A bump in a coal mine in Springhill, Nova Scotia kills 75 men. The tragedy moves Anglicans and other Canadians to respond with assistance for the stricken families. As a result of this experience, the Church recognizes the need for an efficient process to channel assistance quickly in situations of emergency. One year later, The Primate’s World Relief Fund was established by the Anglican Church of Canada’s General Synod, named for the Primate, or Archbishop of Canada.
The organization becomes The Primate’s World Relief and Development Fund reflecting the agency’s maturing program focus and philosophy. PWRDF comes to see that deeper, long-term development needs are strongly connected to suffering caused by natural or human-provoked disasters. Even more significantly, PWRDF realizes that people who experience these problems first-hand are in the best position to develop long-term solutions.
PWRDF moves commits to addressing long-term development needs and to working in partnership with local communities and organizations. During this decade, PWRDF also recognizes the need to engage Canadians in the issues of tackling injustice. General Synod gives PWRDF the responsibility of coordinating a development education program for the whole Church in order to close the gap between donors and recipients.
PWRDF becomes very active in working with refugees and in 1984 the Refugee Subcommittee and the Refugee Coordinators Network were both established. PWRDF builds a strong program for the support and advocacy of uprooted peoples, including refugees, internally displaced populations and migrant workers, internationally through relief and development programs, advocacy, and monitoring of human rights, and in Canada through networking, and education.
PWRDF mandates a national Youth Initiative to engage young Canadians on social justice issues leading to the formation of the PWRDF Youth Council and the justgeneration. This movement is led by a group of youth and young adults representing ecclesiastical provinces of the Anglican Church of Canada, as well as ecumenical partner organizations. Their role is to connect the work of PWRDF with youth and young adults in communities across the country. Recognizing the power of youth to create positive social change, the Youth Council seeks to develop opportunities for young people to engage with issues of justice – both nationally and internationally – in ways that resonate with our identity as Christians.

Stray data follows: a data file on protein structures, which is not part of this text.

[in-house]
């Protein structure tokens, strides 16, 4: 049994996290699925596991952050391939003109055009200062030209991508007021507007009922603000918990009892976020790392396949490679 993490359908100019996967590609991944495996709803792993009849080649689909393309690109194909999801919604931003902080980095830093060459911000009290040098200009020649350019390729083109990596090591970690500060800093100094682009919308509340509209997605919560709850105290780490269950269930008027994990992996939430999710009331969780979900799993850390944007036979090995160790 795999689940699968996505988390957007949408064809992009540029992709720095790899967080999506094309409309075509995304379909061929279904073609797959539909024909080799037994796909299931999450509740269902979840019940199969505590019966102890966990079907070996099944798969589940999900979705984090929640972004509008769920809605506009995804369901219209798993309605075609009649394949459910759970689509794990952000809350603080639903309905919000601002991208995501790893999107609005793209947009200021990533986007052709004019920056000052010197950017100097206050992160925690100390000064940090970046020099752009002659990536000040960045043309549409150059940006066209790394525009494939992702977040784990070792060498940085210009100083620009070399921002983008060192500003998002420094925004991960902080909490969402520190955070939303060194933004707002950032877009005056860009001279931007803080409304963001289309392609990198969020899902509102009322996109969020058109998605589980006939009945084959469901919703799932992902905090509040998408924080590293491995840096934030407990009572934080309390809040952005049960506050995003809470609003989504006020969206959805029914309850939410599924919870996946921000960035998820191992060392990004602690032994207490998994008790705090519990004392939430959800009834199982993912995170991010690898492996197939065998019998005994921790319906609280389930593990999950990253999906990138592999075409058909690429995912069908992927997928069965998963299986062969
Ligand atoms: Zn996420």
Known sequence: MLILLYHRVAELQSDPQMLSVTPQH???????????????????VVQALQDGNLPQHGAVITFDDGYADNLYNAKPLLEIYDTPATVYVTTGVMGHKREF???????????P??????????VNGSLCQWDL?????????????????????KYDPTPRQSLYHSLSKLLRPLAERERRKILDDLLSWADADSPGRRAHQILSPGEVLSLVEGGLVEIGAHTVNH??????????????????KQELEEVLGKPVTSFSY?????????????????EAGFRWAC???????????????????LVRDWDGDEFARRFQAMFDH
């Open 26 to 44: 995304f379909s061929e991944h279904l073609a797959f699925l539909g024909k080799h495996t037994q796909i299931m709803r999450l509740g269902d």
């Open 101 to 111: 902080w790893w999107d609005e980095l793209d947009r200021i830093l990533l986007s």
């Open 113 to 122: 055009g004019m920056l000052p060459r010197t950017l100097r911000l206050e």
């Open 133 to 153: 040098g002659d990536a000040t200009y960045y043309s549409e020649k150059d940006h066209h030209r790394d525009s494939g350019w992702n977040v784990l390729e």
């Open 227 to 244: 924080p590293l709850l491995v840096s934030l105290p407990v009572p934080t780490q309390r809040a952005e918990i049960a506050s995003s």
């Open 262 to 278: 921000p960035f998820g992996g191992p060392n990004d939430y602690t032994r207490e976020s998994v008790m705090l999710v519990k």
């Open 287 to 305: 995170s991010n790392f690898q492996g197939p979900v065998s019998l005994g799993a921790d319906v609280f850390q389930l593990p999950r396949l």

With support from The Anglican Church of Canada, PWRDF becomes a separately incorporated agency with recognition and approval of the Canadian federal government under the title: The Primate’s World Relief and Development Fund/ Le fonds du Primat pour le secours et le développment mondial. PWRDF’s guiding principle is to listen and learn from partners in its development work. It remains a Christian organization, committed to a vision of international development and global justice that is founded on theological reflection and a faith-based analysis.
PWRDF joins the Canadian Foodgrains Bank, a Christian response to hunger linking 15 churches in Canada.
PWRDF becomes a founding member of the Anglican Alliance. As part of the 50th anniversary, PWRDF encourages Sponsorship Agreement Holder dioceses to sponsor 50 refugees.
PWRDF marks 60 years of supporting people, partners and progress.